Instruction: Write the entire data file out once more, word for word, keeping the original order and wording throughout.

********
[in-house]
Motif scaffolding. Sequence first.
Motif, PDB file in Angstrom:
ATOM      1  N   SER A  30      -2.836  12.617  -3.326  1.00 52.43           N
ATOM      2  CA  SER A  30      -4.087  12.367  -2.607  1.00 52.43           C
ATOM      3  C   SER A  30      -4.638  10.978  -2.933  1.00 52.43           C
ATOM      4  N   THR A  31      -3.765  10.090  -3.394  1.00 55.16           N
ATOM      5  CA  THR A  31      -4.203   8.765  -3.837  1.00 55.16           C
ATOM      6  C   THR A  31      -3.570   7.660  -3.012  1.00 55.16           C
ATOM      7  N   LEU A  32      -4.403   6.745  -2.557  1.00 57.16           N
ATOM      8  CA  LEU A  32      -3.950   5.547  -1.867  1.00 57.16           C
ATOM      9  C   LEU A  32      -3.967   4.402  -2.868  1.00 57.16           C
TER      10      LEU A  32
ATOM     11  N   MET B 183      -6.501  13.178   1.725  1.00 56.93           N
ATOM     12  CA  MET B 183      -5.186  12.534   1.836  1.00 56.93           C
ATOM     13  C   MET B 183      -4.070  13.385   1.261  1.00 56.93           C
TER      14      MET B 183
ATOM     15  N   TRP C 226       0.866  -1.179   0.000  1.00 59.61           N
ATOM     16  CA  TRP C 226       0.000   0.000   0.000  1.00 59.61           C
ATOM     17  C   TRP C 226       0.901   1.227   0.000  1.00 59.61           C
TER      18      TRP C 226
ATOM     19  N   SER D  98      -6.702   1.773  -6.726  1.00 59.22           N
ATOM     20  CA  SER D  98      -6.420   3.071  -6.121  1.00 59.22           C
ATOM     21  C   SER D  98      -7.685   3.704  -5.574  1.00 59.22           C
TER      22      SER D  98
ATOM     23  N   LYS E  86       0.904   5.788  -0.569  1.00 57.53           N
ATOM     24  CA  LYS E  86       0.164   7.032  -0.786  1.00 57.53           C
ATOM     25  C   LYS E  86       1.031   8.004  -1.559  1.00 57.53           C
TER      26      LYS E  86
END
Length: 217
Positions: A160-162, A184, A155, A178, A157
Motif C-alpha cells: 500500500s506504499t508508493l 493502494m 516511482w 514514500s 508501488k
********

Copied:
[in-house]
Motif scaffolding. Sequence first.
Motif, PDB file in Angstrom:
ATOM      1  N   SER A  30      -2.836  12.617  -3.326  1.00 52.43           N
ATOM      2  CA  SER A  30      -4.087  12.367  -2.607  1.00 52.43           C
ATOM      3  C   SER A  30      -4.638  10.978  -2.933  1.00 52.43           C
ATOM      4  N   THR A  31      -3.765  10.090  -3.394  1.00 55.16           N
ATOM      5  CA  THR A  31      -4.203   8.765  -3.837  1.00 55.16           C
ATOM      6  C   THR A  31      -3.570   7.660  -3.012  1.00 55.16           C
ATOM      7  N   LEU A  32      -4.403   6.745  -2.557  1.00 57.16           N
ATOM      8  CA  LEU A  32      -3.950   5.547  -1.867  1.00 57.16           C
ATOM      9  C   LEU A  32      -3.967   4.402  -2.868  1.00 57.16           C
TER      10      LEU A  32
ATOM     11  N   MET B 183      -6.501  13.178   1.725  1.00 56.93           N
ATOM     12  CA  MET B 183      -5.186  12.534   1.836  1.00 56.93           C
ATOM     13  C   MET B 183      -4.070  13.385   1.261  1.00 56.93           C
TER      14      MET B 183
ATOM     15  N   TRP C 226       0.866  -1.179   0.000  1.00 59.61           N
ATOM     16  CA  TRP C 226       0.000   0.000   0.000  1.00 59.61           C
ATOM     17  C   TRP C 226       0.901   1.227   0.000  1.00 59.61           C
TER      18      TRP C 226
ATOM     19  N   SER D  98      -6.702   1.773  -6.726  1.00 59.22           N
ATOM     20  CA  SER D  98      -6.420   3.071  -6.121  1.00 59.22           C
ATOM     21  C   SER D  98      -7.685   3.704  -5.574  1.00 59.22           C
TER      22      SER D  98
ATOM     23  N   LYS E  86       0.904   5.788  -0.569  1.00 57.53           N
ATOM     24  CA  LYS E  86       0.164   7.032  -0.786  1.00 57.53           C
ATOM     25  C   LYS E  86       1.031   8.004  -1.559  1.00 57.53           C
TER      26      LYS E  86
END
Length: 217
Positions: A160-162, A184, A155, A178, A157
Motif C-alpha cells: 500500500s506504499t508508493l 493502494m 516511482w 514514500s 508501488k